Silver & Ivory Prayer Wheel (‘Khor)
length: 24cm, weight: 178g
This Tibetan prayer wheel comprises a ‘wheel’ with a hammered sheet silver top, underside and handle mounts; a casing for the mantra parchment; the coiled mantra parchment itself; a wooden handle; and a heavy silver octagonal hedron weight, attached to the wheel by the original leather strap.
The domed top cover of the wheel is surmounted by a silver lotus-bud finial.
The interior of the head contains the original parchment on which Tibetan Buddhist mantras are printed. The parchment clearly is long and tightly wound.
Tibetans use mantras in many ways. They are used to invoke energies for ritual or magical purposes.
Om mani padme hum is the best known example of a Tibetan mantra but there are many others. Mantras only work if learned and uttered ‘properly’ (Rawson, 1991, p. 78.) Reciting mantras can even affect one’s karma. The more often mantras can be recited, the greater their benefit. Mantras might be written on flags so that the mantra is deemed to have been ‘said’ as the wind blows through or past it. Another way to be deemed to have recited a mantra without actually having said it, is to turn a prayer wheel which either has the mantra emblazoned on its outside or written on parchment on the inside, so that each turn of the wheel is equivalent to one recital of the mantra. Consequently, many Tibetans endlessly turned prayer wheels.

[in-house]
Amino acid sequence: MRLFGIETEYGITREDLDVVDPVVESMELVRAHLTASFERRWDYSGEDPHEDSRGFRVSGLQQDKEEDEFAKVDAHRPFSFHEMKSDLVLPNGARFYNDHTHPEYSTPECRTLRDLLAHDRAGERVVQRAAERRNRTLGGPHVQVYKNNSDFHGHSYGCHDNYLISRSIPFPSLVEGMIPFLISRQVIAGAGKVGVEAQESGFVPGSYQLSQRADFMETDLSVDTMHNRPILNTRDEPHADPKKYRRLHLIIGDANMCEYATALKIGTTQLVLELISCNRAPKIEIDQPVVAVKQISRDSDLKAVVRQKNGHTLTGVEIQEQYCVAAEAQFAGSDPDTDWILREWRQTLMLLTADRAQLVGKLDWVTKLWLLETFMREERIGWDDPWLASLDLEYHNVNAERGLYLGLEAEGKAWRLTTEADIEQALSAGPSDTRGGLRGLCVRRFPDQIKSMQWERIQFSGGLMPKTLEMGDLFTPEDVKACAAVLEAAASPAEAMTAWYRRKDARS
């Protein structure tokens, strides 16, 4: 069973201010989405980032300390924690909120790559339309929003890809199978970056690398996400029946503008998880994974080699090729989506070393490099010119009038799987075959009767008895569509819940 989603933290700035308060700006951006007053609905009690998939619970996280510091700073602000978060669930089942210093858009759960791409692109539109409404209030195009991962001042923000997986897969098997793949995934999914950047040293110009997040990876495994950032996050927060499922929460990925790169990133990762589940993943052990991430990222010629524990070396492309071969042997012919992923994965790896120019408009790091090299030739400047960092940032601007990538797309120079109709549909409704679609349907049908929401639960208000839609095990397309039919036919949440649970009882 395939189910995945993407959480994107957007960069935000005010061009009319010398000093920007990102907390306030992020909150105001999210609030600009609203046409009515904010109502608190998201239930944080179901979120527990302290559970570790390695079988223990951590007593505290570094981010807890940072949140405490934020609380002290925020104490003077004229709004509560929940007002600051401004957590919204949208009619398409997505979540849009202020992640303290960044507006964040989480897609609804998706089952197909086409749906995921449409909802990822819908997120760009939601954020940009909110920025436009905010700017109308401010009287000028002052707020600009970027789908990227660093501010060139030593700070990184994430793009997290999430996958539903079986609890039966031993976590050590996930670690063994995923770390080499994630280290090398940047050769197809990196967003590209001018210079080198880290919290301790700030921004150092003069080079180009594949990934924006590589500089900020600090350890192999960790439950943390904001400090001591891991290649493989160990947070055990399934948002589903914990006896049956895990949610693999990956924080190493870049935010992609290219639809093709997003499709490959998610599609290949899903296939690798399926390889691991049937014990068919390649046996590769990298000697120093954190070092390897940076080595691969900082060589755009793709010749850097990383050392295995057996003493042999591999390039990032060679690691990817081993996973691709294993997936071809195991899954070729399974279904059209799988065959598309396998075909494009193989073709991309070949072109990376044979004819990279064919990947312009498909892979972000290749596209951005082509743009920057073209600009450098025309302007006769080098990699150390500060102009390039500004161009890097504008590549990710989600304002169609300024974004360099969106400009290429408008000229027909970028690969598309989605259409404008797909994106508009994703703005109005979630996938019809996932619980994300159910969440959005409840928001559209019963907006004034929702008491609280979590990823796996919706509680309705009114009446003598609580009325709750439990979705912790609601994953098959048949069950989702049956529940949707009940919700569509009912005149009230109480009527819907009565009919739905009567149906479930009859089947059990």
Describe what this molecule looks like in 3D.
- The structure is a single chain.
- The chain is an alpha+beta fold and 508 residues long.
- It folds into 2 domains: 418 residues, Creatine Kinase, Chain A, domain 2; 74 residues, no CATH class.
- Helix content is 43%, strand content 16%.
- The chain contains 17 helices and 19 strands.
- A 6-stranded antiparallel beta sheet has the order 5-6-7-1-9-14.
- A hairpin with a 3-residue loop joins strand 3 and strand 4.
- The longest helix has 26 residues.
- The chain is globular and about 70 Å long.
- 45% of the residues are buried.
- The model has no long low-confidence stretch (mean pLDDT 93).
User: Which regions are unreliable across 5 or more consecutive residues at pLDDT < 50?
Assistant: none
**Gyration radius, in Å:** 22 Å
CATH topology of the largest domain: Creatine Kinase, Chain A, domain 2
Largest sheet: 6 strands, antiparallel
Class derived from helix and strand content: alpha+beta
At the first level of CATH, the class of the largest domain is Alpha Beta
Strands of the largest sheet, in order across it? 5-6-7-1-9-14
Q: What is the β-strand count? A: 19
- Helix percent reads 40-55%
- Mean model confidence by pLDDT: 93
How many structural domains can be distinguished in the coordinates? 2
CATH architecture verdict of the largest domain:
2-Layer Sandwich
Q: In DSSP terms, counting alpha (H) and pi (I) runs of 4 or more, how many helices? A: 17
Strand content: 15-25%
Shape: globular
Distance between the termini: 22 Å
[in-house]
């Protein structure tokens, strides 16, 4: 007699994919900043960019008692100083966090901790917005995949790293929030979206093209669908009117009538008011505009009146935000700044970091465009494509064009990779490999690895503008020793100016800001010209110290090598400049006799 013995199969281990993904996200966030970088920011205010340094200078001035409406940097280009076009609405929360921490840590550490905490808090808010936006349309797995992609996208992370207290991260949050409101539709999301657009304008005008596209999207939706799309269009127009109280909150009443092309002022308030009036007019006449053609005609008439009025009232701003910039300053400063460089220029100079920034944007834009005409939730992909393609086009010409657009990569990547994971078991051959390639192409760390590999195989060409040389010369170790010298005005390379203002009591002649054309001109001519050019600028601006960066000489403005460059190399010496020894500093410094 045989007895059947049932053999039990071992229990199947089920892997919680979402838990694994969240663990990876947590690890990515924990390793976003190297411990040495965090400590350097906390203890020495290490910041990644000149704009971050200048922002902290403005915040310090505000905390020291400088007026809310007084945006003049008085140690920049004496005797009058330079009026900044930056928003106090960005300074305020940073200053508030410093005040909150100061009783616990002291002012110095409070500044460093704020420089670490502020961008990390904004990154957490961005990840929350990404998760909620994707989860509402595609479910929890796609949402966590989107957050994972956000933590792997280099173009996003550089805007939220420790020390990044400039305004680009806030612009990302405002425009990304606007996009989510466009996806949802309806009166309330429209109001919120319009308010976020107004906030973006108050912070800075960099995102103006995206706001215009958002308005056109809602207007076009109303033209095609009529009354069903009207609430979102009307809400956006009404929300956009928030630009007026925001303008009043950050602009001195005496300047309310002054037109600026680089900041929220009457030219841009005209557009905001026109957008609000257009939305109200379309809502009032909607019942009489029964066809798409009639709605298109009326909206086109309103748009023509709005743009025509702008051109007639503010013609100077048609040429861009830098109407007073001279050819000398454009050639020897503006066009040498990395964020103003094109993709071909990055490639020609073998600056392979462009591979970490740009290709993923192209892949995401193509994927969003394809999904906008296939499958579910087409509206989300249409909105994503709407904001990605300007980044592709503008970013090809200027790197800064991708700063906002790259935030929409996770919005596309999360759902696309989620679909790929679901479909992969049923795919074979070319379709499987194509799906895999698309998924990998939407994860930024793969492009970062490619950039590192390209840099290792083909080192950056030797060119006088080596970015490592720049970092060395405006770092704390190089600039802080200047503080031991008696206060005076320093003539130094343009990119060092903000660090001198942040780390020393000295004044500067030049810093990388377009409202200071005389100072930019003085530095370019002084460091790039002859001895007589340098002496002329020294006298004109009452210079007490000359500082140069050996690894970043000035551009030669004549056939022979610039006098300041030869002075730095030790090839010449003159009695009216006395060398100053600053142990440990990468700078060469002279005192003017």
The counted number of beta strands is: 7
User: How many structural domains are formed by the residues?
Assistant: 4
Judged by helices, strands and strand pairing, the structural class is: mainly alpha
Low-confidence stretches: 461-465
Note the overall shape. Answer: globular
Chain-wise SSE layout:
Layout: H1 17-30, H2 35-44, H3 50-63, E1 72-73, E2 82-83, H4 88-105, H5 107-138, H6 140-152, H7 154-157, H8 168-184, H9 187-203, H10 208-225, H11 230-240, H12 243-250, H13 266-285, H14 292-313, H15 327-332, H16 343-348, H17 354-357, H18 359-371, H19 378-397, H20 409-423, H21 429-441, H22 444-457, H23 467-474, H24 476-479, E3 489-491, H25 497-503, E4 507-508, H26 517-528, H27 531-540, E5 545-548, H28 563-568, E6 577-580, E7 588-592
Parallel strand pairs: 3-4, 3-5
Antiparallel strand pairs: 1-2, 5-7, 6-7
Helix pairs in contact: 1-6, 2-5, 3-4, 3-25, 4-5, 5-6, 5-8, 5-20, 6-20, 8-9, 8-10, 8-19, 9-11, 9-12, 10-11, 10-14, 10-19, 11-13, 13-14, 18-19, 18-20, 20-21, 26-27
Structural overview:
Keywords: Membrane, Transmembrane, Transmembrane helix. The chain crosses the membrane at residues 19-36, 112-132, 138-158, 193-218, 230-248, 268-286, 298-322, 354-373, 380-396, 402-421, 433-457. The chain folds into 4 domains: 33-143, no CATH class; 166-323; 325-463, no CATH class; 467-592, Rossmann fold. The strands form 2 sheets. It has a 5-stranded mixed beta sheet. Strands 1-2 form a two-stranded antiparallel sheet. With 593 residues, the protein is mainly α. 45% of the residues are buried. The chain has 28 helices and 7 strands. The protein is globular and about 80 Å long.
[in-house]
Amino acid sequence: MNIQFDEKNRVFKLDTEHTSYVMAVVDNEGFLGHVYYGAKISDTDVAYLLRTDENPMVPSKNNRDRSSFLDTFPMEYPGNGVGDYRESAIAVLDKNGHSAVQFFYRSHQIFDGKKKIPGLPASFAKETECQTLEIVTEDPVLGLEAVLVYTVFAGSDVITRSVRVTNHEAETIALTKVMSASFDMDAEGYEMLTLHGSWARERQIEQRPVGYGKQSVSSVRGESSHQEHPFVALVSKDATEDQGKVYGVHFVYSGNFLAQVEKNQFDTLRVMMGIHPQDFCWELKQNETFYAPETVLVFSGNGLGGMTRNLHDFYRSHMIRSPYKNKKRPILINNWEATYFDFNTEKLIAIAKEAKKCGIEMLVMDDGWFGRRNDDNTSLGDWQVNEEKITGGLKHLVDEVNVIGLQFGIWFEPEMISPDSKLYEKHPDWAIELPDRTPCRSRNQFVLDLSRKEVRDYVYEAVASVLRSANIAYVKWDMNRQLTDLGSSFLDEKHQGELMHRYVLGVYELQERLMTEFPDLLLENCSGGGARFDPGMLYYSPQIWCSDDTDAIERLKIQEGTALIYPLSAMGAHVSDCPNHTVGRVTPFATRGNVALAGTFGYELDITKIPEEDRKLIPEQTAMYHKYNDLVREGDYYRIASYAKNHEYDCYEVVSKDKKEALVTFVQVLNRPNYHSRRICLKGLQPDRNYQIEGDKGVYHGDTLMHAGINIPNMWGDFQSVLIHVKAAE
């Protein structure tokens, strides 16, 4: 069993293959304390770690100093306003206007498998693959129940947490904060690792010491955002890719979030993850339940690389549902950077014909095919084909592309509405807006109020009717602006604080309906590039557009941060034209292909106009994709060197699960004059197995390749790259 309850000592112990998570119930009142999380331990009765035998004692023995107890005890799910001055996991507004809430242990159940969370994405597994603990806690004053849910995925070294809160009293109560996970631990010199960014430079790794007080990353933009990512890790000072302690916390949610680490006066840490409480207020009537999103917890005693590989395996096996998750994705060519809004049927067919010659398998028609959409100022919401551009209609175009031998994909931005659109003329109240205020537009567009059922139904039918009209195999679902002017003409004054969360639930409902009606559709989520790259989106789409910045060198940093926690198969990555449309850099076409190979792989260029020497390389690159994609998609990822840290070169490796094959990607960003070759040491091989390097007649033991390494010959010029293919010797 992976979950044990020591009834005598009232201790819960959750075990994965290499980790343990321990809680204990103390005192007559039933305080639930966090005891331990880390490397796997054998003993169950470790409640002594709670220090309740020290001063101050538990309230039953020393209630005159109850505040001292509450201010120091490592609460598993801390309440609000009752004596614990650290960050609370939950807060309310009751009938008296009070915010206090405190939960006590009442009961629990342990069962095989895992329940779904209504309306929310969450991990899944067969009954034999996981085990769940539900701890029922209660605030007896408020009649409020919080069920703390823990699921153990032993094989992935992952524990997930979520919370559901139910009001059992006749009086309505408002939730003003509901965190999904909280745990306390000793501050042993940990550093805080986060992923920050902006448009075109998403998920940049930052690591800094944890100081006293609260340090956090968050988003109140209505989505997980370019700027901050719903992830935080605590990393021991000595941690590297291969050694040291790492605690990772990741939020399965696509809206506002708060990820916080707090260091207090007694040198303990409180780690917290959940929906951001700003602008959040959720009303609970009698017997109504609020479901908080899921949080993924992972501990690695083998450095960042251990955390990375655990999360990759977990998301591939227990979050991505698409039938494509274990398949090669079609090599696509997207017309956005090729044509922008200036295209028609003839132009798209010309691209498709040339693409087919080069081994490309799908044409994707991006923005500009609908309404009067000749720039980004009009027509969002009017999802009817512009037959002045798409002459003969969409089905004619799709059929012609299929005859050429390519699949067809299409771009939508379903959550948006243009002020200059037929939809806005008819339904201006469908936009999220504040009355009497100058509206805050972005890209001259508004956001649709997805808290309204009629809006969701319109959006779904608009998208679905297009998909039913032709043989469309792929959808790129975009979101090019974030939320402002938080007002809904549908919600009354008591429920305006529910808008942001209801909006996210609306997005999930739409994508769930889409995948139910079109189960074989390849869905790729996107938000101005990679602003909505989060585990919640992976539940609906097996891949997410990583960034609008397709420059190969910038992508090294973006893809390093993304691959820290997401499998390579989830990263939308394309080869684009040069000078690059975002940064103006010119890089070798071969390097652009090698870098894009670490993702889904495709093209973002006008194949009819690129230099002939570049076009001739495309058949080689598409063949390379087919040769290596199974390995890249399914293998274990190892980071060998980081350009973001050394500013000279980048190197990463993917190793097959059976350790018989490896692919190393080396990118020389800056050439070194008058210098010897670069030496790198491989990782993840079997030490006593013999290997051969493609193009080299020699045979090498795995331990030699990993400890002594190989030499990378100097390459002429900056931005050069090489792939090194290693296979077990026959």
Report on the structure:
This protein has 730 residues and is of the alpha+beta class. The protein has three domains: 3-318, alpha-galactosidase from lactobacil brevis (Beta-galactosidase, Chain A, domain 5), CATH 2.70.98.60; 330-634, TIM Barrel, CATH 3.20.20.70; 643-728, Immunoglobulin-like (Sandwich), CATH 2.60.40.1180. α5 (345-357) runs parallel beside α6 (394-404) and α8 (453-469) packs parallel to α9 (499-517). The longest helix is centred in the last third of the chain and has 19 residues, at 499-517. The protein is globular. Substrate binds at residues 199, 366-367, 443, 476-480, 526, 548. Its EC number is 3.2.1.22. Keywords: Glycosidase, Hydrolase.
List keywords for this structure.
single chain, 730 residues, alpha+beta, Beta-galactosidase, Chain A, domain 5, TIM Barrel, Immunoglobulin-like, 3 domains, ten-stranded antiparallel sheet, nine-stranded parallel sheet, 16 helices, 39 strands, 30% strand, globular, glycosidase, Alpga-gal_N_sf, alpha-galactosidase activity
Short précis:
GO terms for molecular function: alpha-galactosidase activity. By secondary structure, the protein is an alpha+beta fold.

This example would have been for everyday use but probably by a noble or someone from a wealthier family given the luxury material from which it is made.
The prayer wheel has ample signs of age and use. A 19th century date has been assigned; it might be earlier. It is in fine condition without losses or repairs.
Rawson, P., Sacred Tibet, Thames & Hudson, 1991.
UK art market
Inventory no.: 4757